Degrowth is anti-patriarchal, anti-capitalist and decolonial; thus it envisions a society with different gender relations and roles, different distribution of paid and unpaid work, different cultural interactions, different co-evolutive paths between the human and non-human species. The life that degrowthers commit to sustain does not aspire to be a chimeric emancipation from nature and/or from the body, as the civilizing colonial project of the capitalist modernity does. For degrowthers the body's materiality comes with the immanent vulnerability of what it is alive, and shows the condition of inter-dependency and eco-dependency of existence. This is the reason why care is the main commons for instituting a society that wants to sustain life. Care as corollary in co-habitation and sharing. However, for degrowthers the conceptualization and the performance of care should not to be simply associated to love and good sentiments, it would be pernicious. On the contrary, it has to be able to recognize, show and take responsibility for the arduous and sometimes nasty work that taking care and giving care entail. This is the only praxis that recognizes and legitimizes a life that it is also an experience of interdependence and vulnerability. A life without pain and free from all kinds of obligations and sacrifices is the promise of the western modern capitalist world, which happens in exceptional and rare cases, but at the cost of systematic exploitation and inequality.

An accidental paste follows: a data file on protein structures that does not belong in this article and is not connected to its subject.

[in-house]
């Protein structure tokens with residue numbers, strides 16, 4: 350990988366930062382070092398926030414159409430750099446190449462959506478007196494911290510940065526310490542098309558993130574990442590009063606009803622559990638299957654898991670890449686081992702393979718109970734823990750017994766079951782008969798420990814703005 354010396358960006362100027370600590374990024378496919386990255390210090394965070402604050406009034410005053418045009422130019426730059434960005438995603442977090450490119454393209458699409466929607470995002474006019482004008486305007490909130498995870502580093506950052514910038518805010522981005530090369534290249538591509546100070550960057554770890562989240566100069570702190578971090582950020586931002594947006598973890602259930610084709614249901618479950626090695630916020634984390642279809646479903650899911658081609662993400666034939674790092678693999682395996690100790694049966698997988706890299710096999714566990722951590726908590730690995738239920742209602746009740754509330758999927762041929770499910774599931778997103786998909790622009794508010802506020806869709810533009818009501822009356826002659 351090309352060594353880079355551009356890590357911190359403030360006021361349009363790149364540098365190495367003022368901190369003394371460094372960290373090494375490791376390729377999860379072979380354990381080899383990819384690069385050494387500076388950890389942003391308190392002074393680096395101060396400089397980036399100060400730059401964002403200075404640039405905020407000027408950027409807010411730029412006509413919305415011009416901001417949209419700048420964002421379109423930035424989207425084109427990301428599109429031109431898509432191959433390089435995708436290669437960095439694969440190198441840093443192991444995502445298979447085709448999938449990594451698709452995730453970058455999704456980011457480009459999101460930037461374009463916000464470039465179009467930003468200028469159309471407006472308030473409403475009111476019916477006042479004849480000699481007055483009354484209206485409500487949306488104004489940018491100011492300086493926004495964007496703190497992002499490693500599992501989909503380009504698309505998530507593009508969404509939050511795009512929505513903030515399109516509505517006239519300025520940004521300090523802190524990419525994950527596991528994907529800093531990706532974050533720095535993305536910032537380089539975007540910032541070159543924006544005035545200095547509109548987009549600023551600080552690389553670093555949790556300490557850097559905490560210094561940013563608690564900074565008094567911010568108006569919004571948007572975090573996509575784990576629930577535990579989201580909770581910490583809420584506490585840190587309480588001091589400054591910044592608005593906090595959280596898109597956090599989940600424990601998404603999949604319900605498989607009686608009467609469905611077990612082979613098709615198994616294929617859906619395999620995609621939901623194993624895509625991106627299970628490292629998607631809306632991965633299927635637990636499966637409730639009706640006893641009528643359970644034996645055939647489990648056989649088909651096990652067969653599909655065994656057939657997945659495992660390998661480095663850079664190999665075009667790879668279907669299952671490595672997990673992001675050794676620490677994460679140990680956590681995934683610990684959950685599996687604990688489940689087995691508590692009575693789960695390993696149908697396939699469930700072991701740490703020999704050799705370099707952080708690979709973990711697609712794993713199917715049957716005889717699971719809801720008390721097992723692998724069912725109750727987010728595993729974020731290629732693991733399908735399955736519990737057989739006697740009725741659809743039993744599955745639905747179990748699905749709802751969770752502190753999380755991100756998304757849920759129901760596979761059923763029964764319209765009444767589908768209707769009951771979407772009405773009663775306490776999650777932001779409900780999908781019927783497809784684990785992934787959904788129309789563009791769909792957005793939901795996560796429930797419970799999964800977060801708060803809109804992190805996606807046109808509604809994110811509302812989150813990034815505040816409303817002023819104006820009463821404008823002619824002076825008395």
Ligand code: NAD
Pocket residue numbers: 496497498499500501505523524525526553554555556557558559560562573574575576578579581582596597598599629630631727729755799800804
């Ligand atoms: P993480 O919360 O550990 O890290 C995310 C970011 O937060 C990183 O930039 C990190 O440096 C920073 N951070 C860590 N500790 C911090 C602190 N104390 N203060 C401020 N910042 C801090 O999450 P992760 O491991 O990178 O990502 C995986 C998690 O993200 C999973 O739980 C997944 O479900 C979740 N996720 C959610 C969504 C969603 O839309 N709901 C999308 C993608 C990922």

Degrowth might sound like a new Eurocentric lesson, once again Europeans preaching what to do and how to face the multiple crises that people around the world live with. You might think that degrowth is a series of proposals that once again universalize and impose the very specific issues that Europe faces to the rest of the world. Indeed, degrowth is Eurocentric, but in a more narrow and probably less negative sense. Degrowthers from Europe want to tell a story about practitioners, activists and scholars that open up the imagination for going beyond a society founded on growthism. Paraphrasing Boaventura it is an attempt to rediscover the South that exists in the North.
References and further readings:
Orozco, Amaia Perez (2015), “Prólogo: Palabras vivas ante un sistema biocida”, in Giacomo D’Alisa, Federico Demaria y Giorgos Kallis (eds.), Decrecimiento: un vocabulario por una nueva era. Barcelona: Icaria Editorial, 27-33.
D’Alisa, Giacomo; Demaria, Federico; Kallis, Giorgos (eds.) (2015), Decrescimento: Vocabulário para um novo mundo. Porto Alegre: Tomo Editorial.
Santos, Boaventura de Sousa (2010), Para descolonizar Occidente: más alla del pensamiento abismal. Buenos Aires: CLACSO; Prometeo Libros.
Giacomo D'Alisa is a political ecologist at the Centre for Social Studies at the University of Coimbra, Portugal. There, he is an active member of the Ecology and Society (ECOSOC) nucleus. He has been granted with the FCT Post-Doc Fellowship for a 3-years project on the Commons. He is a founding member of Research and Degrowth (RnD), a research-led environmental justice organization based in Barcelona, Spain.
Como citarD'Alisa, Giacomo (2019), "Degrowth", Dicionário Alice. Consultado a 30.09.20, em https://alice.ces.uc.pt/dictionary/index.php?id=23838&pag=23918&entry=24248&id_lingua=1. ISBN: 978-989-8847-08-9